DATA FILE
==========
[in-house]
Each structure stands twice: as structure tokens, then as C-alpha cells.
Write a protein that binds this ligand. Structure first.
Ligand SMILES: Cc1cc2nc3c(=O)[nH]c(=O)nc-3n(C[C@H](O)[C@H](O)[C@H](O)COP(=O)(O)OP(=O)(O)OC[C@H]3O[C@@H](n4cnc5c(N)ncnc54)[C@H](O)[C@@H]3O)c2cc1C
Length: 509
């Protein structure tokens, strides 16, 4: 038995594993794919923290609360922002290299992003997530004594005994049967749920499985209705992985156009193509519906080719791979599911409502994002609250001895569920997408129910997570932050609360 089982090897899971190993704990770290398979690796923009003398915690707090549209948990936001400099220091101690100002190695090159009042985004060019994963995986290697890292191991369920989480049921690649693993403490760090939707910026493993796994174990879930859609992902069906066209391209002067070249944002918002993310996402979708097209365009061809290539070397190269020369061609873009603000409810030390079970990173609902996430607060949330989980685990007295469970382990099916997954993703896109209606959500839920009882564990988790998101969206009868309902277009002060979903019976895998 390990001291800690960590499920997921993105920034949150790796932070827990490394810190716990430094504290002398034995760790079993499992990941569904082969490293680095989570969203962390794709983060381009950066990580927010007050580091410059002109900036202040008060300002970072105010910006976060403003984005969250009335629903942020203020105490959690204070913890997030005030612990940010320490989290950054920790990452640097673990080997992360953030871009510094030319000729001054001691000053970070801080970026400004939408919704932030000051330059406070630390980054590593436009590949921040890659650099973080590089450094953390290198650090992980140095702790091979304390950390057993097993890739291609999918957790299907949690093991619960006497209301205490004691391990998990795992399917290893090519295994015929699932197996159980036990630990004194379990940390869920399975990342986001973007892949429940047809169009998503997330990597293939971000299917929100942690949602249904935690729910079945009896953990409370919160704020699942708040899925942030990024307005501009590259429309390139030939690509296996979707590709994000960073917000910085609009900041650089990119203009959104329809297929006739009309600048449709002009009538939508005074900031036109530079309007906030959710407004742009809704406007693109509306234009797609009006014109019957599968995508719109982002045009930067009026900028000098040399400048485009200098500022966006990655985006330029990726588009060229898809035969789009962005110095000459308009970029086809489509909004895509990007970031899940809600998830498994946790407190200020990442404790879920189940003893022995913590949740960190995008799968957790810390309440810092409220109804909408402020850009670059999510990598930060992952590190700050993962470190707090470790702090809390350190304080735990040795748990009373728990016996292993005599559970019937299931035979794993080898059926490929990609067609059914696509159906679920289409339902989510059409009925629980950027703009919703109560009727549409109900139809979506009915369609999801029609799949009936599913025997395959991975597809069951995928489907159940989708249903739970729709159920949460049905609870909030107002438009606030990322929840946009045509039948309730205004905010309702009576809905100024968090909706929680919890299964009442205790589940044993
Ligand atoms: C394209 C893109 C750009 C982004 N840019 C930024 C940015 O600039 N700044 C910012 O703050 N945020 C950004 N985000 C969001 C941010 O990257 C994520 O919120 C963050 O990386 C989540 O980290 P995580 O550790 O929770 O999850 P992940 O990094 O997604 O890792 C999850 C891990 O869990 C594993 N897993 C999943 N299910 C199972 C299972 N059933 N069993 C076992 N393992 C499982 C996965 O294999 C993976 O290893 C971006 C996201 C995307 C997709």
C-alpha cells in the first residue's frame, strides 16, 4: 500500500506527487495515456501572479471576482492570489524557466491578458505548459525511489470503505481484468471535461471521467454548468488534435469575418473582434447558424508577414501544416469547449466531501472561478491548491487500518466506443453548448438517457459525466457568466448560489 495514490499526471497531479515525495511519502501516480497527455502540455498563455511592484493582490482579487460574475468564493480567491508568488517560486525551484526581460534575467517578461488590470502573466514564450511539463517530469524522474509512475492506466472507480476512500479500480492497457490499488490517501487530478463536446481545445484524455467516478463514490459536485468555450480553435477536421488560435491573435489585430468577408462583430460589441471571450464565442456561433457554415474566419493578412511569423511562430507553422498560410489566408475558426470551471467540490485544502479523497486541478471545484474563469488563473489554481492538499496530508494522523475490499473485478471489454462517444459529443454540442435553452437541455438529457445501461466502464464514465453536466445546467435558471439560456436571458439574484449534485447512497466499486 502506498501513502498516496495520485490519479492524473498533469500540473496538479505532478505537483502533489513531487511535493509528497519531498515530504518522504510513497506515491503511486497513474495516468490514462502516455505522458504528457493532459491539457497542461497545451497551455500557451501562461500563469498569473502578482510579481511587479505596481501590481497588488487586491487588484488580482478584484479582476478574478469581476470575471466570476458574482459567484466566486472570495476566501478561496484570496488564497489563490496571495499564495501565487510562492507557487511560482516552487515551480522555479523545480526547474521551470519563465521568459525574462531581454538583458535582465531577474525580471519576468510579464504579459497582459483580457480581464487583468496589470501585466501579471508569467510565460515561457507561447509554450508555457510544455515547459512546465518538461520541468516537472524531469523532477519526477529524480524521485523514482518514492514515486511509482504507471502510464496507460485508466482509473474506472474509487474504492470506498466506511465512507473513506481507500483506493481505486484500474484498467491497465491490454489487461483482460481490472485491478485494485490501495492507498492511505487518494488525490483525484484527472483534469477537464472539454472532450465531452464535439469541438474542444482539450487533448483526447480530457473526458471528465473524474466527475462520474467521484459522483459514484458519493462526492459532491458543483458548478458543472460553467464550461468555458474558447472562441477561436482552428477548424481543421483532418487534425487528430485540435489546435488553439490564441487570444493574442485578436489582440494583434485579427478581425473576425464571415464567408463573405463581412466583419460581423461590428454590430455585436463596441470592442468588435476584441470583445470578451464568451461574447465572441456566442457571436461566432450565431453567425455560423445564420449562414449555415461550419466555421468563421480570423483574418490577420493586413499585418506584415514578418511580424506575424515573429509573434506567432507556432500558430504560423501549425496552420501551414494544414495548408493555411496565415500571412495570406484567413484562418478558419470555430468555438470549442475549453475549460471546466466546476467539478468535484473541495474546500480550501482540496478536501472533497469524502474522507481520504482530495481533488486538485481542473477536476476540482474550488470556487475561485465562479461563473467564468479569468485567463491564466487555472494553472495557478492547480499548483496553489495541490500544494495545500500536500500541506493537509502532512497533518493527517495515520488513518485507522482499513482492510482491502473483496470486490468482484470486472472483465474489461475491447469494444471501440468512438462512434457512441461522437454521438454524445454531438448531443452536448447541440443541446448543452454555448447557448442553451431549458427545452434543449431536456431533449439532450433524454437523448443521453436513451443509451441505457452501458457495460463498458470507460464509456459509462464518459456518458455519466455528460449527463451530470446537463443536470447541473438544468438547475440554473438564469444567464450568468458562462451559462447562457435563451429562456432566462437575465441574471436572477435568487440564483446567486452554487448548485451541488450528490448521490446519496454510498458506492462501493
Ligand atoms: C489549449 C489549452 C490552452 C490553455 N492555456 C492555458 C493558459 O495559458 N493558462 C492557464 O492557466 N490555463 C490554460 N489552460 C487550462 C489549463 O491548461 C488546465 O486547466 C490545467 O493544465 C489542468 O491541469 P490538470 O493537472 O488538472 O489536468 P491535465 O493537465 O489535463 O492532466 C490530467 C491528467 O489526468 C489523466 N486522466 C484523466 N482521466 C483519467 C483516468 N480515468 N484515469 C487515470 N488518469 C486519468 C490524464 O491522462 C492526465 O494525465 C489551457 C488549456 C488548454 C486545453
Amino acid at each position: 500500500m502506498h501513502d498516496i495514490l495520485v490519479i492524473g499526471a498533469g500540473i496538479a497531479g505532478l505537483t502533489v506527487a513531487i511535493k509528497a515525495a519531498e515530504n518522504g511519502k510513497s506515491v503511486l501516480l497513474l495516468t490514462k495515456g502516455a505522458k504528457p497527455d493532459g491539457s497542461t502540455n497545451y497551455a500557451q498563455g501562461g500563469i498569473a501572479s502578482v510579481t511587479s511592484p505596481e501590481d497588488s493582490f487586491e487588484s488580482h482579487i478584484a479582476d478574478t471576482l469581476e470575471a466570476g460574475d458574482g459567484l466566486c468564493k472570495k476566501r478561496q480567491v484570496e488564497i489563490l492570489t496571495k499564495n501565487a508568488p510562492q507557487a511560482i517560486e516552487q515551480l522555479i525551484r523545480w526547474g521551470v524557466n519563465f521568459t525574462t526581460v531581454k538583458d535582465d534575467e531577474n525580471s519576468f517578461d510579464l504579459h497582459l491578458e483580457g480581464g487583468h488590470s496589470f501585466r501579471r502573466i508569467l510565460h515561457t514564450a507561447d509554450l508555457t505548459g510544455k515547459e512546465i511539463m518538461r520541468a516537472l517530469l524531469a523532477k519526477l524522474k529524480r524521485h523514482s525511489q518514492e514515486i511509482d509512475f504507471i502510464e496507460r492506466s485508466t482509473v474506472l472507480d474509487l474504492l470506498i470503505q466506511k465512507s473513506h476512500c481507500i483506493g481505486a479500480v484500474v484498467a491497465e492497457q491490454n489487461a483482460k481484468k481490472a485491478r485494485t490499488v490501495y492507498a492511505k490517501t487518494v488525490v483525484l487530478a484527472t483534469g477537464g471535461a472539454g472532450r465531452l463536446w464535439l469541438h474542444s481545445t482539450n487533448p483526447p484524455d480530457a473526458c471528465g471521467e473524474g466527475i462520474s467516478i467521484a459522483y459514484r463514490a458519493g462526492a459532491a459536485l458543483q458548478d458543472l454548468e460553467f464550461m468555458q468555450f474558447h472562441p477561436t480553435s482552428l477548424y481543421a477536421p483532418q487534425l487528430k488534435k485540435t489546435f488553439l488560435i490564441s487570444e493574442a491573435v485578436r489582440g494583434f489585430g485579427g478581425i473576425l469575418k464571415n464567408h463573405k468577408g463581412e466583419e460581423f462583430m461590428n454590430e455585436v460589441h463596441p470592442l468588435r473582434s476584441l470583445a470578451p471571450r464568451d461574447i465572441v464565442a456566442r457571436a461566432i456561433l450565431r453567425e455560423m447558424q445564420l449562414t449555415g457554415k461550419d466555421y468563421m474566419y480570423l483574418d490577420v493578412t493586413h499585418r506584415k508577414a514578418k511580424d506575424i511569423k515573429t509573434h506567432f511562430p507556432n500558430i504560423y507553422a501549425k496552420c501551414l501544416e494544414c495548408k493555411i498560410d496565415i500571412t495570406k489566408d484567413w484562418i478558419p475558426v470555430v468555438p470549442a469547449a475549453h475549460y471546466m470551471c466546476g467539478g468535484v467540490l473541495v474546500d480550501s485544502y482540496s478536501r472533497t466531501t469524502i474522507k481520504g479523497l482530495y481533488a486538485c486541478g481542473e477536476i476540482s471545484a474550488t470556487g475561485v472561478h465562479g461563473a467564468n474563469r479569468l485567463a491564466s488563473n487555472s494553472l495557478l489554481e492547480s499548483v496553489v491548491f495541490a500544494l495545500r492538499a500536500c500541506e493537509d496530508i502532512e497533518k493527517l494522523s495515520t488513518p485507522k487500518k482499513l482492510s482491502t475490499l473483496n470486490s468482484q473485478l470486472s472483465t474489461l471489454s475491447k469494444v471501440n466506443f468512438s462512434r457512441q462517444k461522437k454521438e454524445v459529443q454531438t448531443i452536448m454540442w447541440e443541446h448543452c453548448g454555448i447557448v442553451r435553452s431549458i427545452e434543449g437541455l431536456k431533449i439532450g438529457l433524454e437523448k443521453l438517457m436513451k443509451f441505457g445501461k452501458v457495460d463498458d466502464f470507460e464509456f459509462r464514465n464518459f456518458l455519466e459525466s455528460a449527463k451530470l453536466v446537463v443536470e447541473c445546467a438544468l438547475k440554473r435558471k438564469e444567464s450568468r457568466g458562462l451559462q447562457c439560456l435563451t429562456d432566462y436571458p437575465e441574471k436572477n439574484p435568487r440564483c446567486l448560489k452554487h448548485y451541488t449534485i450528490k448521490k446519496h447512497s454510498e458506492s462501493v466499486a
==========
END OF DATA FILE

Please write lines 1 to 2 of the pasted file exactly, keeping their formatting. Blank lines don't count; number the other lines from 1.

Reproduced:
[in-house]
Each structure stands twice: as structure tokens, then as C-alpha cells.